As everyone knows, the Christmas hols can be slim pickings at the cinema if you’re not trying to keep a gaggle of little children entertained, which is why I felt the urge to lose myself in the tale of a lady who invented a mop. I’ve got to be honest, I tend to prefer more glitz and glamour when it comes to my inventions, and I think I am not alone in wanting more of a Caractacus Potts situation. However, off I staggered to David O Russell’s Joy, the story of entrepreneur Joy Mangano (Jennifer Lawrence), because there are worse things to do in the week of New Year’s Eve than go and see something that is at least intended to be inspirational, and that has gratuitous references to Christmas, even if being exposed to such references from Boxing Day onwards is, frankly, depressing, as it makes me think only that the lucky fictitious people I’m watching have their INXS-in-the-eighties-decadence-level lunch and unwrapping of presents all ahead of them while I must wait another year.
But, speaking of luck, on this particular morning the Elsternwick Classic had a Supremes compilation on constant rotation, making me recall fondly the days I spent absorbed in J Randy Taraborrelli’s masterful Call Her Miss Ross, which was only exceeded in personal entertainment by the time I spent absorbed in Taraborrelli’s masterful Michael Jackson — The Magic and the Madness (not to be confused with his Michael Jackson — The Magic, the Madness, the Whole Story), and my sudden enjoyment of life at hearing these grand old tunes was in no way hampered by ‘Stop! In the Name of Love’ getting stuck for some seconds. However, my enjoyment was hampered once I entered the cinema and saw the trailer for the film Sisters, which looks fucking horrendous – yes, maybe it will turn out I am wrong about this but, frankly, I doubt it. Then there was a Qantas advertisement featuring a not especially attractive family group, and then an advertisement that turned out to be preaching against violence to women, though for most of its running time I was under the impression that it was preaching against getting tattoos. Relatively soon (that is, relative to seeing anything at Village and its kind), though, the beginning of Joy was heralded, and we all settled down, with the exception of an old woman who exited the cinema immediately, closely followed by an old man, neither of them to return.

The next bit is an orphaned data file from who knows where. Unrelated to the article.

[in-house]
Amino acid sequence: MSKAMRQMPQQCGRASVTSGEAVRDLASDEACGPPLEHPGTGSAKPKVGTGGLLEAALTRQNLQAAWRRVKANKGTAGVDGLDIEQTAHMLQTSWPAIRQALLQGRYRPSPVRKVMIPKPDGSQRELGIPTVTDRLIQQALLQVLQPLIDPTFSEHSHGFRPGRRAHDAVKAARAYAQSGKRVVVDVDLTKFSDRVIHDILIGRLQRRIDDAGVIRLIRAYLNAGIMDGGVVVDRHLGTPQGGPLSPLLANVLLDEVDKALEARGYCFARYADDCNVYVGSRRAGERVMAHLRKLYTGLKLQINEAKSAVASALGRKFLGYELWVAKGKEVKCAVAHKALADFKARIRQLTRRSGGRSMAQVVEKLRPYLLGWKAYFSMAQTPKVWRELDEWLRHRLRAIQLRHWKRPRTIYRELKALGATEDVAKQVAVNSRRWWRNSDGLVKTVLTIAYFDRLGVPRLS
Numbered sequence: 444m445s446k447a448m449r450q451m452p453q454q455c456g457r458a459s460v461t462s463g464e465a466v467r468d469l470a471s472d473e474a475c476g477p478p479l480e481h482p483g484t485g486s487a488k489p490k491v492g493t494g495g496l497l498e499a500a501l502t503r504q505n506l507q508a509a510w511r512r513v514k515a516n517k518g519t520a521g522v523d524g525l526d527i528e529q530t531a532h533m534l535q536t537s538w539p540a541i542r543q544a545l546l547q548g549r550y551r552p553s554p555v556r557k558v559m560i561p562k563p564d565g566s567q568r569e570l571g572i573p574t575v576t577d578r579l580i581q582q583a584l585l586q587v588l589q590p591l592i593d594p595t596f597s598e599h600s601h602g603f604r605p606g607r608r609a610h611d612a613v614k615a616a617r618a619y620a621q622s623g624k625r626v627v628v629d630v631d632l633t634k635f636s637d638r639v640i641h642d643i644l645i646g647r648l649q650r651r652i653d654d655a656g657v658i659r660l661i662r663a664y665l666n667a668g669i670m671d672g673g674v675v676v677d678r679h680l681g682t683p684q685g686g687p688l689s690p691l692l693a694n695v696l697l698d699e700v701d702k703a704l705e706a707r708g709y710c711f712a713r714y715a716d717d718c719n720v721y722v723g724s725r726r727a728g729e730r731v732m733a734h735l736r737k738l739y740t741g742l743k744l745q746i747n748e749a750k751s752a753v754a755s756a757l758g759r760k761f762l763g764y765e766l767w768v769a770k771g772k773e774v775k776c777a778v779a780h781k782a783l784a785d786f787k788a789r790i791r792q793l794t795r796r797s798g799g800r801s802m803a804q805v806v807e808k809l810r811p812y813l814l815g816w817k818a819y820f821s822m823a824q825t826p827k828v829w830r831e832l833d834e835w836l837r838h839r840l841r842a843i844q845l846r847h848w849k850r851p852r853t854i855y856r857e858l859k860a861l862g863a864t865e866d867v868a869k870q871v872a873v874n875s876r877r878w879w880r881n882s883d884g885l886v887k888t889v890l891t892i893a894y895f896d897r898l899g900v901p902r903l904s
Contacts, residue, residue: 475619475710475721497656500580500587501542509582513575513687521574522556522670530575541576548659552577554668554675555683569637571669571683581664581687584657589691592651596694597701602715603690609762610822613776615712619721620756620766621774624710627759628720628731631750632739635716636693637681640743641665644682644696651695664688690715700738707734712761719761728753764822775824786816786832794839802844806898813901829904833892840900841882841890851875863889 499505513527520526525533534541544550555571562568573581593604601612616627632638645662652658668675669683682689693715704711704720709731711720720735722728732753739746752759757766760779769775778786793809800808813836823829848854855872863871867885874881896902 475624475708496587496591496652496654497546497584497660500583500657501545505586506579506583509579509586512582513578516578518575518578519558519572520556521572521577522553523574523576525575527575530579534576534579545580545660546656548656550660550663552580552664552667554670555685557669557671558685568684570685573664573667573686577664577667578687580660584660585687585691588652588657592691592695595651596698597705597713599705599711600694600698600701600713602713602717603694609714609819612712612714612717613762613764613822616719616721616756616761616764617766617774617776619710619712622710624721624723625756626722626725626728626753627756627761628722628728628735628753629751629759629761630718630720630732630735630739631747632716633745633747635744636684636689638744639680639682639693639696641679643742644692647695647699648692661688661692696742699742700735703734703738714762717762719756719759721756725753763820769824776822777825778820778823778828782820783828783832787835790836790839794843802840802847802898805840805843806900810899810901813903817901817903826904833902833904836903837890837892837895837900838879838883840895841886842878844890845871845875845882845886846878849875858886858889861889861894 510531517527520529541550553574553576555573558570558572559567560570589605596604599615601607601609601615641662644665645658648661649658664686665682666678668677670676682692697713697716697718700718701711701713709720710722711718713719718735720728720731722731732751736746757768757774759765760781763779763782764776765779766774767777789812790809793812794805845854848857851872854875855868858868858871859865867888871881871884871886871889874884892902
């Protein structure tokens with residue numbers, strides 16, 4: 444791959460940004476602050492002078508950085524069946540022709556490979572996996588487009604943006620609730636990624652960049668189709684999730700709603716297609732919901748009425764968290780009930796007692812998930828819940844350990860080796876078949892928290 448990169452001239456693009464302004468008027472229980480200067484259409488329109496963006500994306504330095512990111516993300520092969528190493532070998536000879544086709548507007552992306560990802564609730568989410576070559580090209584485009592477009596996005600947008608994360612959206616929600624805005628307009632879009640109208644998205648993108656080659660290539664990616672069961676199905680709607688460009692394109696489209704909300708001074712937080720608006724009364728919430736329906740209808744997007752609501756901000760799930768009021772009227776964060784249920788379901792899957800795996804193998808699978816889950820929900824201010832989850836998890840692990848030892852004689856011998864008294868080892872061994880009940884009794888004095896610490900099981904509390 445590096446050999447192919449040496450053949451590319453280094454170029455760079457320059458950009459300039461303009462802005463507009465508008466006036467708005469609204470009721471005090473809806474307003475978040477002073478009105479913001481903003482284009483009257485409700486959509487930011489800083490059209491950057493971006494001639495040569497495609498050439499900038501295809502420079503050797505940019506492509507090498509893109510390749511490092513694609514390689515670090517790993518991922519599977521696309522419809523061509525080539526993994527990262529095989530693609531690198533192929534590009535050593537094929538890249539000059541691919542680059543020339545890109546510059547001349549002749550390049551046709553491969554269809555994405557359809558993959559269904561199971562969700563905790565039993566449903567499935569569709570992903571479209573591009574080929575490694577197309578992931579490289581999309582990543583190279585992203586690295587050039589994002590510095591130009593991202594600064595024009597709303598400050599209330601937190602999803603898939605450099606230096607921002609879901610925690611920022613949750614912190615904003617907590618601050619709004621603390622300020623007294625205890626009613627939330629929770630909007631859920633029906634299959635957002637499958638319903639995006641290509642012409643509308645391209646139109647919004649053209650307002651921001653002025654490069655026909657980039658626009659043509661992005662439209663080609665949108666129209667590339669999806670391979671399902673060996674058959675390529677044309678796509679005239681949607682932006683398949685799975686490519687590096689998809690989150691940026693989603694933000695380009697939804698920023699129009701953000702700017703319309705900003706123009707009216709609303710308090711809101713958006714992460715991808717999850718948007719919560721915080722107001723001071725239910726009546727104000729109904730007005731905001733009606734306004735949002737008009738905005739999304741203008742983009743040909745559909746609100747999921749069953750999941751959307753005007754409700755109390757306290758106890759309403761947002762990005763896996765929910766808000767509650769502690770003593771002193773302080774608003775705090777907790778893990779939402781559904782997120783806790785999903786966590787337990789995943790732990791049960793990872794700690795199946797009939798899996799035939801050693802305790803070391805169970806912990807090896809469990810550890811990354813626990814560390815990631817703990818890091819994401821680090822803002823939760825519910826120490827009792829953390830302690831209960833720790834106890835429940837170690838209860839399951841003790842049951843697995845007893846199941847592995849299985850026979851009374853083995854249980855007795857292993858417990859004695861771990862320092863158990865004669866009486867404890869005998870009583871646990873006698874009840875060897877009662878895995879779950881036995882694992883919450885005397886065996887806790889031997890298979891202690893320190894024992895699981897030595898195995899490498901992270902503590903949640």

Proceedings kicked off with a caption mentioning inspiring women, which meant that I waited, in vain, for the customary photo of Amelia Earhart standing next to an aeroplane. Then I got another surprise when Robert De Niro appeared in the role of Joy’s father, as I’d just assumed he would have been busy prostituting his talent in Love the Coopers, which, it turns out, he wasn’t actually in. Having recovered from this shock, my thoughts turned to how Jennifer Lawrence is unique in managing to be a good actress despite the fact her face is as expressionless and smooth as a Kabuki mask. So, and not for the first time, she both looks and seems too young for the part she is playing — in this instance, of a plucky, inventive single mother like Erin Brockovich (though, at least as played by Julia Roberts, Brockovich was, it seems, a big ol’ bitch on wheels almost all of the time).